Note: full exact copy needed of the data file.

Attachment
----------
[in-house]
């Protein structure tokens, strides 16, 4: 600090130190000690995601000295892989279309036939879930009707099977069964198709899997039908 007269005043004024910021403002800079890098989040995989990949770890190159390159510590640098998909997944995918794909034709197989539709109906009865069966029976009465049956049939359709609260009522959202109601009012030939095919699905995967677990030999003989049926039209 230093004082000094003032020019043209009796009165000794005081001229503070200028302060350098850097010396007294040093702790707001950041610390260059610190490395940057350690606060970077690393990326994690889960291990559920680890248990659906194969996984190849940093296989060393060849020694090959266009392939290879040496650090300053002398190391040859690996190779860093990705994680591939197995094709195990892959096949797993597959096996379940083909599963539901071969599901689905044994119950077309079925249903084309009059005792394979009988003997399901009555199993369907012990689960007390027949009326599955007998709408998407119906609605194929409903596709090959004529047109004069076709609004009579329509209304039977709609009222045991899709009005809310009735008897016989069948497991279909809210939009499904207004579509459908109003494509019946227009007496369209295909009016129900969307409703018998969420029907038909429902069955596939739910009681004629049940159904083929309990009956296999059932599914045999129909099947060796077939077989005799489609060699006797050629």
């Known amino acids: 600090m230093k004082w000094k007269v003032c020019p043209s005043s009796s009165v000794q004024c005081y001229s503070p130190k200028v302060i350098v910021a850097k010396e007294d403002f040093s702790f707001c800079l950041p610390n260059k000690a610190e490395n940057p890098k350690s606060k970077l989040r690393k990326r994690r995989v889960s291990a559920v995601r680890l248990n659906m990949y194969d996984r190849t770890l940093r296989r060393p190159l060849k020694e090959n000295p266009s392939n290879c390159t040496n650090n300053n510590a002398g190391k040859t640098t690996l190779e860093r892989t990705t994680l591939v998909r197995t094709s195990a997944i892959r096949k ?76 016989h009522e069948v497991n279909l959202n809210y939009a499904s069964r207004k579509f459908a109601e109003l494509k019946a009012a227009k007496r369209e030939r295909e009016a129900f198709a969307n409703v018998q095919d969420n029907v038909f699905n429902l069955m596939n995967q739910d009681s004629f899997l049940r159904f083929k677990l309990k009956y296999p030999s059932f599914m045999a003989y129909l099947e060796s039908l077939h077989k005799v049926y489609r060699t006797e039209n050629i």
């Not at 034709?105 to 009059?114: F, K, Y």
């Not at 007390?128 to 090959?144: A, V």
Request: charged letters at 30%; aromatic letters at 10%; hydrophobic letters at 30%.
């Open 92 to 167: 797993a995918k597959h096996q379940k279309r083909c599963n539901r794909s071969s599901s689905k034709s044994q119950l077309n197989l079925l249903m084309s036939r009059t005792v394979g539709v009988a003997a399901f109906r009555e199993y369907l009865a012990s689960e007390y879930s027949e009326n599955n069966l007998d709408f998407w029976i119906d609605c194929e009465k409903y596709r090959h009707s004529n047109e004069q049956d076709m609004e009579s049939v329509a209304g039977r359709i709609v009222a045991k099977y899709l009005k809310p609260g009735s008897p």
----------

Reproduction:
[in-house]
């Protein structure tokens, strides 16, 4: 600090130190000690995601000295892989279309036939879930009707099977069964198709899997039908 007269005043004024910021403002800079890098989040995989990949770890190159390159510590640098998909997944995918794909034709197989539709109906009865069966029976009465049956049939359709609260009522959202109601009012030939095919699905995967677990030999003989049926039209 230093004082000094003032020019043209009796009165000794005081001229503070200028302060350098850097010396007294040093702790707001950041610390260059610190490395940057350690606060970077690393990326994690889960291990559920680890248990659906194969996984190849940093296989060393060849020694090959266009392939290879040496650090300053002398190391040859690996190779860093990705994680591939197995094709195990892959096949797993597959096996379940083909599963539901071969599901689905044994119950077309079925249903084309009059005792394979009988003997399901009555199993369907012990689960007390027949009326599955007998709408998407119906609605194929409903596709090959004529047109004069076709609004009579329509209304039977709609009222045991899709009005809310009735008897016989069948497991279909809210939009499904207004579509459908109003494509019946227009007496369209295909009016129900969307409703018998969420029907038909429902069955596939739910009681004629049940159904083929309990009956296999059932599914045999129909099947060796077939077989005799489609060699006797050629």
């Known amino acids: 600090m230093k004082w000094k007269v003032c020019p043209s005043s009796s009165v000794q004024c005081y001229s503070p130190k200028v302060i350098v910021a850097k010396e007294d403002f040093s702790f707001c800079l950041p610390n260059k000690a610190e490395n940057p890098k350690s606060k970077l989040r690393k990326r994690r995989v889960s291990a559920v995601r680890l248990n659906m990949y194969d996984r190849t770890l940093r296989r060393p190159l060849k020694e090959n000295p266009s392939n290879c390159t040496n650090n300053n510590a002398g190391k040859t640098t690996l190779e860093r892989t990705t994680l591939v998909r197995t094709s195990a997944i892959r096949k ?76 016989h009522e069948v497991n279909l959202n809210y939009a499904s069964r207004k579509f459908a109601e109003l494509k019946a009012a227009k007496r369209e030939r295909e009016a129900f198709a969307n409703v018998q095919d969420n029907v038909f699905n429902l069955m596939n995967q739910d009681s004629f899997l049940r159904f083929k677990l309990k009956y296999p030999s059932f599914m045999a003989y129909l099947e060796s039908l077939h077989k005799v049926y489609r060699t006797e039209n050629i």
């Not at 034709?105 to 009059?114: F, K, Y």
């Not at 007390?128 to 090959?144: A, V």
Request: charged letters at 30%; aromatic letters at 10%; hydrophobic letters at 30%.
């Open 92 to 167: 797993a995918k597959h096996q379940k279309r083909c599963n539901r794909s071969s599901s689905k034709s044994q119950l077309n197989l079925l249903m084309s036939r009059t005792v394979g539709v009988a003997a399901f109906r009555e199993y369907l009865a012990s689960e007390y879930s027949e009326n599955n069966l007998d709408f998407w029976i119906d609605c194929e009465k409903y596709r090959h009707s004529n047109e004069q049956d076709m609004e009579s049939v329509a209304g039977r359709i709609v009222a045991k099977y899709l009005k809310p609260g009735s008897p």